Written By Sarah Potter
I am the mortal enemy of all agencies. The living she-devil. Beeelzebub herself. Yep, you got it – I’m the Internal Recruiter. Also known as blocker of CV’s, gatekeeper of the fabled PSL and hater of recruiters.
Except I’m not.
So, it’s safe to say I have some insight into how (and how not) to approach that funny old thing called BD. Whether you love it (or hate it) there’s some tips you can use to make yourself better – because who doesn’t love being better at something?
Yeah, yeah, stating the bleedin’ obvious – I know. But this one is so important. Unless they’ve come through referrals from hiring managers within the business, the only other agencies we work with are the one’s that have taken the time to understand me and our business. There’s no crap generic email that you know has been sent to thousands more before. Nor are there constant phone calls all leaving the same boring-as-plain-porridge voicemails. You know what they’ve all got in common? They approached me on LinkedIn. Obviously, this wont work for everyone you’re trying to prospect – but they all took a look at my profile and noticed that I’m pretty prolific on the platform and thought to themselves ‘if she’s active on here, she’ll probably respond to my InMail’. They also took the time to actually read my profile and I can tell you now, I’ve had some brilliantly creative messages because of it. Many have mentioned my love of tea, some have referred to my articles and some have started right off the bat by sending me case studies and reports that they think I’ll find useful – without once mentioning working on any roles. Those are the recruiters I remember and those are the recruiters I work with. TL:DR? Understand your prospect, do your research, think of them before yourself.
This one’s tough. I get it. You keep having drop outs and no shows and you’ve rinsed every job board imaginable – that doesn’t mean you’re a bad recruiter, it might mean that there’s something not right with the role. Is the salary too low? Is our process too long? Our candidates not liking what they read about us online? I need to know – and if you’re honest about this I’ll trust that you have our best interests at heart. If you really can’t find someone for a position, please don’t drop off the face of the earth. Pop me a message and we can talk through it and try to find a solution – even if it means me telling a hiring manager that what they are after is as rare as an England penalty shoot-out win.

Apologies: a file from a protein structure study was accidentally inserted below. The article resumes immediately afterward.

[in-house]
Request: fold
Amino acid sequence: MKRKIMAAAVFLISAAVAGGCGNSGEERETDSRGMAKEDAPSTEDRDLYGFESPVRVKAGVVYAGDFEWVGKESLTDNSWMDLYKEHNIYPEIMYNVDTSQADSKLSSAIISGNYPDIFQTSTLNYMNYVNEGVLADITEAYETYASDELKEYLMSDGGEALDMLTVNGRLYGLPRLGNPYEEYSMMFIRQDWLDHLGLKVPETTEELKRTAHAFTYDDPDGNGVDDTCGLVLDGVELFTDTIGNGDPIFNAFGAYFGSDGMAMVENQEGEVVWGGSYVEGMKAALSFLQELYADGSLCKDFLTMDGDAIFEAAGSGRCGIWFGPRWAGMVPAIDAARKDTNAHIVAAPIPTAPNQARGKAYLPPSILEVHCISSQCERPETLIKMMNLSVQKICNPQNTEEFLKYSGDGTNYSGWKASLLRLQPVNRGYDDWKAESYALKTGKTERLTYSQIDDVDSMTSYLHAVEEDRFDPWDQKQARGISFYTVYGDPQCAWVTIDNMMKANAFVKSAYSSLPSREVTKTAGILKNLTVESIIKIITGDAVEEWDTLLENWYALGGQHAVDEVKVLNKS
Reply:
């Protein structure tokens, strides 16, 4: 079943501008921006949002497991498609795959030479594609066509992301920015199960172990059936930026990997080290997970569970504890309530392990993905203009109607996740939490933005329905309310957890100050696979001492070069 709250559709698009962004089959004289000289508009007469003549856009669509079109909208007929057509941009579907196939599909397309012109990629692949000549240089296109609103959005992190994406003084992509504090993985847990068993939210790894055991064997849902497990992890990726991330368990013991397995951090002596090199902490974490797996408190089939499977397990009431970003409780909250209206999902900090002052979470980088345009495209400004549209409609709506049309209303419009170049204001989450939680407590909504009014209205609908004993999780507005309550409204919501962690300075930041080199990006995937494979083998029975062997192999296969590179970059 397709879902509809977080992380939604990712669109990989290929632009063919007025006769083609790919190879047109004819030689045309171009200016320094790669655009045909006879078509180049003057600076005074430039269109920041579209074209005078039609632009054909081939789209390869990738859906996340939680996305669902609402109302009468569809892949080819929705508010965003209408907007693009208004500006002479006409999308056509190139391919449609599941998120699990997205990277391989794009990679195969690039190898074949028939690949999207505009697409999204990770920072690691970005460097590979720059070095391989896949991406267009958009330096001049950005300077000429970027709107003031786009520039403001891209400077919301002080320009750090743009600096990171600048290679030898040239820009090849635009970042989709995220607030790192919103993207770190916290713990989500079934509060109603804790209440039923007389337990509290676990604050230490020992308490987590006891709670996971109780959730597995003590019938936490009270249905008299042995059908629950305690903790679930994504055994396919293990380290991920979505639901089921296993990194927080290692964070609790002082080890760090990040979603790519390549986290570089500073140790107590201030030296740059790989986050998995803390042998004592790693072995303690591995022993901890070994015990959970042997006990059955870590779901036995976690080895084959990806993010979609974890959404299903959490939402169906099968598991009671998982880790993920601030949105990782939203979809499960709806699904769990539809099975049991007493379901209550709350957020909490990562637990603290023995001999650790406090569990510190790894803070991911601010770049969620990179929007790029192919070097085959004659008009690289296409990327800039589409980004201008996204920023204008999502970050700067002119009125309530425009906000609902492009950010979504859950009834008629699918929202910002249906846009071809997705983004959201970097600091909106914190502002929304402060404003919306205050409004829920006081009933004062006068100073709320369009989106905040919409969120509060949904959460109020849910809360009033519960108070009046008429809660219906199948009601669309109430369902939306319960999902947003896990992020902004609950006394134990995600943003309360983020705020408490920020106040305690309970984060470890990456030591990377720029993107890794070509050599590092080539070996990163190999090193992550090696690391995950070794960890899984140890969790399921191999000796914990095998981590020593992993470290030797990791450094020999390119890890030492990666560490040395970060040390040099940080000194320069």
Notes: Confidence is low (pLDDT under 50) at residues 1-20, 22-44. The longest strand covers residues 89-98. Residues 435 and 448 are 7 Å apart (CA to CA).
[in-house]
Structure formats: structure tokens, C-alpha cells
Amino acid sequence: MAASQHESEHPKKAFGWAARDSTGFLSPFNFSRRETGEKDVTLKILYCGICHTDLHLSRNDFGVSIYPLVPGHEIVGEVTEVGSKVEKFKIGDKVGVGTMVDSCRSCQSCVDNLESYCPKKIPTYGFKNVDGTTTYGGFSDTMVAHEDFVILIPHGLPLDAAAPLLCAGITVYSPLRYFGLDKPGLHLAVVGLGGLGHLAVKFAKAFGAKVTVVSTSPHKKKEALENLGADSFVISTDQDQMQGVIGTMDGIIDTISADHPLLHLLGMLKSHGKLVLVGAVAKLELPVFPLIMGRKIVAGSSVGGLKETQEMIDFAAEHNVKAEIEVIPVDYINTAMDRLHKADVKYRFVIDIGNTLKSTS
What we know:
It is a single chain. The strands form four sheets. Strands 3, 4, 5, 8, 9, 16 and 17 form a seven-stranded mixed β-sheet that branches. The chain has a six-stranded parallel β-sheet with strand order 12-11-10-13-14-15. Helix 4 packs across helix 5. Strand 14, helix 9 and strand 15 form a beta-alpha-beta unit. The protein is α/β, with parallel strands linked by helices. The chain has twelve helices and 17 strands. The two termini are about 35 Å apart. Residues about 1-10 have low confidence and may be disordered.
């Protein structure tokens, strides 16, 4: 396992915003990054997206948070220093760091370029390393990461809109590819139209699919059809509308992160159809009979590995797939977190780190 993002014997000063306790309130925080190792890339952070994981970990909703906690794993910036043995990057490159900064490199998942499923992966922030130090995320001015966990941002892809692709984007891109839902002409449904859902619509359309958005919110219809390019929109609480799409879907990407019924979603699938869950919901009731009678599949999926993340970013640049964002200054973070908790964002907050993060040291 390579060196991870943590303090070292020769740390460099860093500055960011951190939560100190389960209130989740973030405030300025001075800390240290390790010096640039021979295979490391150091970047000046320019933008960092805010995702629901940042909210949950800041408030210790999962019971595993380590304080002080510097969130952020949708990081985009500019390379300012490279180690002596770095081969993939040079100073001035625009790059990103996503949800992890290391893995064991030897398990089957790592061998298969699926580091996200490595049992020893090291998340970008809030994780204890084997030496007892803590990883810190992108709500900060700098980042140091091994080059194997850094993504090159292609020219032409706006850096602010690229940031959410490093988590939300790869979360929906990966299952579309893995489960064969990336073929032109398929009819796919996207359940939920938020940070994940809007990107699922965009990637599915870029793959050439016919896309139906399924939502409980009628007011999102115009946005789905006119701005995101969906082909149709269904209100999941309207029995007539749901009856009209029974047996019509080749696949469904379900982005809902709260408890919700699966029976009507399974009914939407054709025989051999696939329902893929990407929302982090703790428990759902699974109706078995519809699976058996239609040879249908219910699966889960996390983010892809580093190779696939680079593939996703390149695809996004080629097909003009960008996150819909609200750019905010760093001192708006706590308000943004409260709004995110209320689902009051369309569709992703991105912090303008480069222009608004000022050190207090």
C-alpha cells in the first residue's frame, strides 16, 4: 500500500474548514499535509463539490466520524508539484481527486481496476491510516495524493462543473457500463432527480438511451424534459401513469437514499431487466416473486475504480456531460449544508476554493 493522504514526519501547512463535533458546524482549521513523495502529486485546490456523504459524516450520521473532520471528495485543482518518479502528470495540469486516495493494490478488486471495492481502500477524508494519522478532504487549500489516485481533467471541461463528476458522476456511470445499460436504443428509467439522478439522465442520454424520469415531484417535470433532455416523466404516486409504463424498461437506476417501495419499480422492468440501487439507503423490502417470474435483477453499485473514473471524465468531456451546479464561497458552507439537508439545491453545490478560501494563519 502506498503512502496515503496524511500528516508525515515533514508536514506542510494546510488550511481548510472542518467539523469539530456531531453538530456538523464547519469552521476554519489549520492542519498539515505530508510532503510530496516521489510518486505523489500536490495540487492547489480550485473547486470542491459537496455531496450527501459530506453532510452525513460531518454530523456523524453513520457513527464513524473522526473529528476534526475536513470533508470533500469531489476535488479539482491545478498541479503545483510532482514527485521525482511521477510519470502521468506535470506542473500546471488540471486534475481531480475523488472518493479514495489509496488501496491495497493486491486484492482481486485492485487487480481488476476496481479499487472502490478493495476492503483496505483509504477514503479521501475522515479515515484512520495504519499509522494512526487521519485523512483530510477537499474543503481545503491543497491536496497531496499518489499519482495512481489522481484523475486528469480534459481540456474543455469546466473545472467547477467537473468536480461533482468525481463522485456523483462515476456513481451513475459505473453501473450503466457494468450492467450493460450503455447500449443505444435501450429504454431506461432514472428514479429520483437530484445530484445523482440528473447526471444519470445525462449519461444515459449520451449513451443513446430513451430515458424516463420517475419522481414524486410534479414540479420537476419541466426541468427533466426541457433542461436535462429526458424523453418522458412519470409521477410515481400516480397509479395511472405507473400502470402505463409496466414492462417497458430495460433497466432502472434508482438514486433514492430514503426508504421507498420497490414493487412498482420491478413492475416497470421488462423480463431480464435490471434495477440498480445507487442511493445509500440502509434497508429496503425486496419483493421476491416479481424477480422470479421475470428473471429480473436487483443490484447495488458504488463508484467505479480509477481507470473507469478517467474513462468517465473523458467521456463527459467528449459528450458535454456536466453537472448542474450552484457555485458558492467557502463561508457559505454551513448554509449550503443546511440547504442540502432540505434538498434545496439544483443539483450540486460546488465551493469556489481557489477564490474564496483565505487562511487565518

I may post stuff on LinkedIn and get stuck into some employer branding activity, but my main job is – you guessed it – to recruit people into the business I work for. It’s important that you understand this because if you don’t it’ll just feel like I’m battling you – and no one wants to work for some pompous git that likes to undermine them at every turn. Yes, I’m here to recruit – but I can’t do it all myself so try to understand the areas I might struggle with (developers being one) and please, for the love of all that is good in this world DO NOT GO STRAIGHT TO THE HIRING MANAGER. I don’t care how good you are, I will immediately hate you for this and there will be numerous *colourful* words attached to your name. Follow the process and don’t be a dick.
‘Always be closing’ is the bane of my life. ‘So, when can we meet?’, ‘I’ve put 4pm in my diary for a call’ – no, no and no again. Don’t talk at me, talk to me. It’s the classic ‘you have two ears and one mouth’ so use them in proportion. Listen to my concerns or areas that you may be able to help and put that in to action. You heard me say I struggle to place Web Developers? Use that to your advantage. Do some market research, find some industry content – show me the value you can add away from the typical flinging loads of CV’s and hoping they stick. Please don’t call to ‘touch base’, contrary to popular belief, I’m actually quite busy. Finally, and this one’s important – take your prewritten script, ball it up tightly and then promptly throw it in to the nearest rubbish receptacle. You’re a person, speak like one. I promise you I’m not actually a HR robot, so your prewritten objection handling and sales techniques will be completely lost on me.
Look, BD ain’t easy. Been there, done that, got the T-Shirt that says ‘do not put past the gatekeeper’ – but hopefully some of these tips will fare you well into power hour and beyond. Just remember, we’re not buying from your big, shiny, on brand agency – we’re buying from you. And if we like you? You’ll be the first person we think of when a hiring manager lands on our desk saying ‘we need this position filled in two weeks’.
Now, get back on that phone!